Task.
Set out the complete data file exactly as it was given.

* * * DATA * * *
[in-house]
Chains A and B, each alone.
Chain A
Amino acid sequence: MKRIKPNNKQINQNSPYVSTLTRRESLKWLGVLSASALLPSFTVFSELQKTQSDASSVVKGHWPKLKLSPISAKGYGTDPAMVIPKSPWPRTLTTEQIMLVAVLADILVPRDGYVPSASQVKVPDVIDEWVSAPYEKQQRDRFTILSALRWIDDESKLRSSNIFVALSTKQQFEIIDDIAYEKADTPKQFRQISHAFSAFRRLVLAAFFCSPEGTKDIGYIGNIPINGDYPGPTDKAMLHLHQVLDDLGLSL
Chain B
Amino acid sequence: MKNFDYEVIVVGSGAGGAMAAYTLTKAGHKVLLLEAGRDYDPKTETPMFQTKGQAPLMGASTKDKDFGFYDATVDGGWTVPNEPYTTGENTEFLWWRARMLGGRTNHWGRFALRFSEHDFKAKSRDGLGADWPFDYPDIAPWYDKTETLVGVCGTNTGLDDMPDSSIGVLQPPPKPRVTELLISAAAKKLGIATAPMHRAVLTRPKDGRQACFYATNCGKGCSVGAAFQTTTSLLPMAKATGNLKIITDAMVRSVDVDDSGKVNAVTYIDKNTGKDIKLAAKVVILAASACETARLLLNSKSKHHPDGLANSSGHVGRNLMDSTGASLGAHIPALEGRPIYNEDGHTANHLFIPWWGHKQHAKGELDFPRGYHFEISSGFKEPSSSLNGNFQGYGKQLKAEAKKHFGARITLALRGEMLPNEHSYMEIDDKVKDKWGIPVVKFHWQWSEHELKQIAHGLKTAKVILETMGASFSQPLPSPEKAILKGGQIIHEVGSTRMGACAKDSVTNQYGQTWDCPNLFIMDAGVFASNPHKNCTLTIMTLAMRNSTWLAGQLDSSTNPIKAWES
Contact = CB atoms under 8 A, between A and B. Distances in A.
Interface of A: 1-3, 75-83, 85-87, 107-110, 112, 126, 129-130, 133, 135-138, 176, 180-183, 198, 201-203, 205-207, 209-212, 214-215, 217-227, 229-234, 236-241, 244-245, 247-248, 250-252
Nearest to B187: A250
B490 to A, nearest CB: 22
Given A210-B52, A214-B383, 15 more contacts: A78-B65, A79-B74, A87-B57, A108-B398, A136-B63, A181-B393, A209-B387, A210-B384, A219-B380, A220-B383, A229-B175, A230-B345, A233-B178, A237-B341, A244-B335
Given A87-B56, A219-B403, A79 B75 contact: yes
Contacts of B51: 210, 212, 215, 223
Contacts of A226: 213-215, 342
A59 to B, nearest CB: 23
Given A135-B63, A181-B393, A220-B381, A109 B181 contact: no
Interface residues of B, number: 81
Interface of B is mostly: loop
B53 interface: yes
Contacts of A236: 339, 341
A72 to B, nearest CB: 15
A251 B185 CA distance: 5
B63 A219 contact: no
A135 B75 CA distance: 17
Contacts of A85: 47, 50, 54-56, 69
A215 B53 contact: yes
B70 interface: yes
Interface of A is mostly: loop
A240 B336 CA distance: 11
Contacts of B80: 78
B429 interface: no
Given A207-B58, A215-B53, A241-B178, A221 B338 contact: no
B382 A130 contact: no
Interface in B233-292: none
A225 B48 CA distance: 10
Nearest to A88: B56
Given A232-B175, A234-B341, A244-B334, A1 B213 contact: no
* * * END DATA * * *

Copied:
[in-house]
Chains A and B, each alone.
Chain A
Amino acid sequence: MKRIKPNNKQINQNSPYVSTLTRRESLKWLGVLSASALLPSFTVFSELQKTQSDASSVVKGHWPKLKLSPISAKGYGTDPAMVIPKSPWPRTLTTEQIMLVAVLADILVPRDGYVPSASQVKVPDVIDEWVSAPYEKQQRDRFTILSALRWIDDESKLRSSNIFVALSTKQQFEIIDDIAYEKADTPKQFRQISHAFSAFRRLVLAAFFCSPEGTKDIGYIGNIPINGDYPGPTDKAMLHLHQVLDDLGLSL
Chain B
Amino acid sequence: MKNFDYEVIVVGSGAGGAMAAYTLTKAGHKVLLLEAGRDYDPKTETPMFQTKGQAPLMGASTKDKDFGFYDATVDGGWTVPNEPYTTGENTEFLWWRARMLGGRTNHWGRFALRFSEHDFKAKSRDGLGADWPFDYPDIAPWYDKTETLVGVCGTNTGLDDMPDSSIGVLQPPPKPRVTELLISAAAKKLGIATAPMHRAVLTRPKDGRQACFYATNCGKGCSVGAAFQTTTSLLPMAKATGNLKIITDAMVRSVDVDDSGKVNAVTYIDKNTGKDIKLAAKVVILAASACETARLLLNSKSKHHPDGLANSSGHVGRNLMDSTGASLGAHIPALEGRPIYNEDGHTANHLFIPWWGHKQHAKGELDFPRGYHFEISSGFKEPSSSLNGNFQGYGKQLKAEAKKHFGARITLALRGEMLPNEHSYMEIDDKVKDKWGIPVVKFHWQWSEHELKQIAHGLKTAKVILETMGASFSQPLPSPEKAILKGGQIIHEVGSTRMGACAKDSVTNQYGQTWDCPNLFIMDAGVFASNPHKNCTLTIMTLAMRNSTWLAGQLDSSTNPIKAWES
Contact = CB atoms under 8 A, between A and B. Distances in A.
Interface of A: 1-3, 75-83, 85-87, 107-110, 112, 126, 129-130, 133, 135-138, 176, 180-183, 198, 201-203, 205-207, 209-212, 214-215, 217-227, 229-234, 236-241, 244-245, 247-248, 250-252
Nearest to B187: A250
B490 to A, nearest CB: 22
Given A210-B52, A214-B383, 15 more contacts: A78-B65, A79-B74, A87-B57, A108-B398, A136-B63, A181-B393, A209-B387, A210-B384, A219-B380, A220-B383, A229-B175, A230-B345, A233-B178, A237-B341, A244-B335
Given A87-B56, A219-B403, A79 B75 contact: yes
Contacts of B51: 210, 212, 215, 223
Contacts of A226: 213-215, 342
A59 to B, nearest CB: 23
Given A135-B63, A181-B393, A220-B381, A109 B181 contact: no
Interface residues of B, number: 81
Interface of B is mostly: loop
B53 interface: yes
Contacts of A236: 339, 341
A72 to B, nearest CB: 15
A251 B185 CA distance: 5
B63 A219 contact: no
A135 B75 CA distance: 17
Contacts of A85: 47, 50, 54-56, 69
A215 B53 contact: yes
B70 interface: yes
Interface of A is mostly: loop
A240 B336 CA distance: 11
Contacts of B80: 78
B429 interface: no
Given A207-B58, A215-B53, A241-B178, A221 B338 contact: no
B382 A130 contact: no
Interface in B233-292: none
A225 B48 CA distance: 10
Nearest to A88: B56
Given A232-B175, A234-B341, A244-B334, A1 B213 contact: no